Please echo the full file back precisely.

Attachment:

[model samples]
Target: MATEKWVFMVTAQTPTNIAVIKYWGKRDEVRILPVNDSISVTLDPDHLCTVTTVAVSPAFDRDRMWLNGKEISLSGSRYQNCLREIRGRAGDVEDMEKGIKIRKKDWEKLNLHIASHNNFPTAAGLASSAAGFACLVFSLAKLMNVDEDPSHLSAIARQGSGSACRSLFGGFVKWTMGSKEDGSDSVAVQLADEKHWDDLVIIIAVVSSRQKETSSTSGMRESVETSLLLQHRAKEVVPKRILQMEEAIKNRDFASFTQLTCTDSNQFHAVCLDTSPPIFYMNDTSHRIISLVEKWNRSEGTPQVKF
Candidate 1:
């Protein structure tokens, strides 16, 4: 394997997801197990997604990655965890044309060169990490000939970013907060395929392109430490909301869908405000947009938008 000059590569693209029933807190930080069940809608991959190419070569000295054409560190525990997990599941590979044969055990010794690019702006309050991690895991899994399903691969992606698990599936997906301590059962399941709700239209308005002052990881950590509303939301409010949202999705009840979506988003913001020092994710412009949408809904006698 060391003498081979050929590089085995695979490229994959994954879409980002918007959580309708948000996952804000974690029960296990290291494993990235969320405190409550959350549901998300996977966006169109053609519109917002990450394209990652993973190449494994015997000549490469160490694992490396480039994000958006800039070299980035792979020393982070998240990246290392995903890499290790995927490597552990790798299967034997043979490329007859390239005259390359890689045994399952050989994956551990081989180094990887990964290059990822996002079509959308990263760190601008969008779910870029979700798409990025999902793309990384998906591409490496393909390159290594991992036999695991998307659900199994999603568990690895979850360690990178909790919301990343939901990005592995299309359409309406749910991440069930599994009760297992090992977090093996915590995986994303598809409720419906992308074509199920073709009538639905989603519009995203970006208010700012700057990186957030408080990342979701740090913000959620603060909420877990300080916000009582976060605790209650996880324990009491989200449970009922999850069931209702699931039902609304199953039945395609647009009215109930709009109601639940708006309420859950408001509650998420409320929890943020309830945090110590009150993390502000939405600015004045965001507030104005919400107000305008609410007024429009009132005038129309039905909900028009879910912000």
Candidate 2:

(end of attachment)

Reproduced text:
[model samples]
Target: MATEKWVFMVTAQTPTNIAVIKYWGKRDEVRILPVNDSISVTLDPDHLCTVTTVAVSPAFDRDRMWLNGKEISLSGSRYQNCLREIRGRAGDVEDMEKGIKIRKKDWEKLNLHIASHNNFPTAAGLASSAAGFACLVFSLAKLMNVDEDPSHLSAIARQGSGSACRSLFGGFVKWTMGSKEDGSDSVAVQLADEKHWDDLVIIIAVVSSRQKETSSTSGMRESVETSLLLQHRAKEVVPKRILQMEEAIKNRDFASFTQLTCTDSNQFHAVCLDTSPPIFYMNDTSHRIISLVEKWNRSEGTPQVKF
Candidate 1:
């Protein structure tokens, strides 16, 4: 394997997801197990997604990655965890044309060169990490000939970013907060395929392109430490909301869908405000947009938008 000059590569693209029933807190930080069940809608991959190419070569000295054409560190525990997990599941590979044969055990010794690019702006309050991690895991899994399903691969992606698990599936997906301590059962399941709700239209308005002052990881950590509303939301409010949202999705009840979506988003913001020092994710412009949408809904006698 060391003498081979050929590089085995695979490229994959994954879409980002918007959580309708948000996952804000974690029960296990290291494993990235969320405190409550959350549901998300996977966006169109053609519109917002990450394209990652993973190449494994015997000549490469160490694992490396480039994000958006800039070299980035792979020393982070998240990246290392995903890499290790995927490597552990790798299967034997043979490329007859390239005259390359890689045994399952050989994956551990081989180094990887990964290059990822996002079509959308990263760190601008969008779910870029979700798409990025999902793309990384998906591409490496393909390159290594991992036999695991998307659900199994999603568990690895979850360690990178909790919301990343939901990005592995299309359409309406749910991440069930599994009760297992090992977090093996915590995986994303598809409720419906992308074509199920073709009538639905989603519009995203970006208010700012700057990186957030408080990342979701740090913000959620603060909420877990300080916000009582976060605790209650996880324990009491989200449970009922999850069931209702699931039902609304199953039945395609647009009215109930709009109601639940708006309420859950408001509650998420409320929890943020309830945090110590009150993390502000939405600015004045965001507030104005919400107000305008609410007024429009009132005038129309039905909900028009879910912000």
Candidate 2: